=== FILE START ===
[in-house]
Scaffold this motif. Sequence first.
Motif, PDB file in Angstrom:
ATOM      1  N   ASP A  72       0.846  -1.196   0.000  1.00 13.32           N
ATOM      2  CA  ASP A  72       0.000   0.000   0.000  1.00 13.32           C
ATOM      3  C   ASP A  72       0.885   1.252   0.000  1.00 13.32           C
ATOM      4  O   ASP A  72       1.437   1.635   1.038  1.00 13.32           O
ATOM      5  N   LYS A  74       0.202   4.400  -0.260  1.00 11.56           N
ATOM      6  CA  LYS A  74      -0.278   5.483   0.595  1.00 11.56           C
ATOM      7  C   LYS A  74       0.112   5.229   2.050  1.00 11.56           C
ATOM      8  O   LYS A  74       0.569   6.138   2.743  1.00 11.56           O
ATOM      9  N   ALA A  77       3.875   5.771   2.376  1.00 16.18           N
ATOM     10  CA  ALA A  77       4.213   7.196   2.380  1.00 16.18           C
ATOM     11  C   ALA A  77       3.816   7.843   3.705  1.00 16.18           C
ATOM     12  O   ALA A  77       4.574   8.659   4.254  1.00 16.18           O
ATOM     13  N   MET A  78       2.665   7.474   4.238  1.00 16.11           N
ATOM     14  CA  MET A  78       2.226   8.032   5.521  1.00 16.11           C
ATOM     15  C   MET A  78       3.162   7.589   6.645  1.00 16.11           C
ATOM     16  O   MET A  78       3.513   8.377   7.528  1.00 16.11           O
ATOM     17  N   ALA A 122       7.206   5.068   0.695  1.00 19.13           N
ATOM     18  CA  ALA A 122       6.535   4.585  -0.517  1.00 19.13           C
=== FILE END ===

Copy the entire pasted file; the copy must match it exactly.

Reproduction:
[in-house]
Scaffold this motif. Sequence first.
Motif, PDB file in Angstrom:
ATOM      1  N   ASP A  72       0.846  -1.196   0.000  1.00 13.32           N
ATOM      2  CA  ASP A  72       0.000   0.000   0.000  1.00 13.32           C
ATOM      3  C   ASP A  72       0.885   1.252   0.000  1.00 13.32           C
ATOM      4  O   ASP A  72       1.437   1.635   1.038  1.00 13.32           O
ATOM      5  N   LYS A  74       0.202   4.400  -0.260  1.00 11.56           N
ATOM      6  CA  LYS A  74      -0.278   5.483   0.595  1.00 11.56           C
ATOM      7  C   LYS A  74       0.112   5.229   2.050  1.00 11.56           C
ATOM      8  O   LYS A  74       0.569   6.138   2.743  1.00 11.56           O
ATOM      9  N   ALA A  77       3.875   5.771   2.376  1.00 16.18           N
ATOM     10  CA  ALA A  77       4.213   7.196   2.380  1.00 16.18           C
ATOM     11  C   ALA A  77       3.816   7.843   3.705  1.00 16.18           C
ATOM     12  O   ALA A  77       4.574   8.659   4.254  1.00 16.18           O
ATOM     13  N   MET A  78       2.665   7.474   4.238  1.00 16.11           N
ATOM     14  CA  MET A  78       2.226   8.032   5.521  1.00 16.11           C
ATOM     15  C   MET A  78       3.162   7.589   6.645  1.00 16.11           C
ATOM     16  O   MET A  78       3.513   8.377   7.528  1.00 16.11           O
ATOM     17  N   ALA A 122       7.206   5.068   0.695  1.00 19.13           N
ATOM     18  CA  ALA A 122       6.535   4.585  -0.517  1.00 19.13           C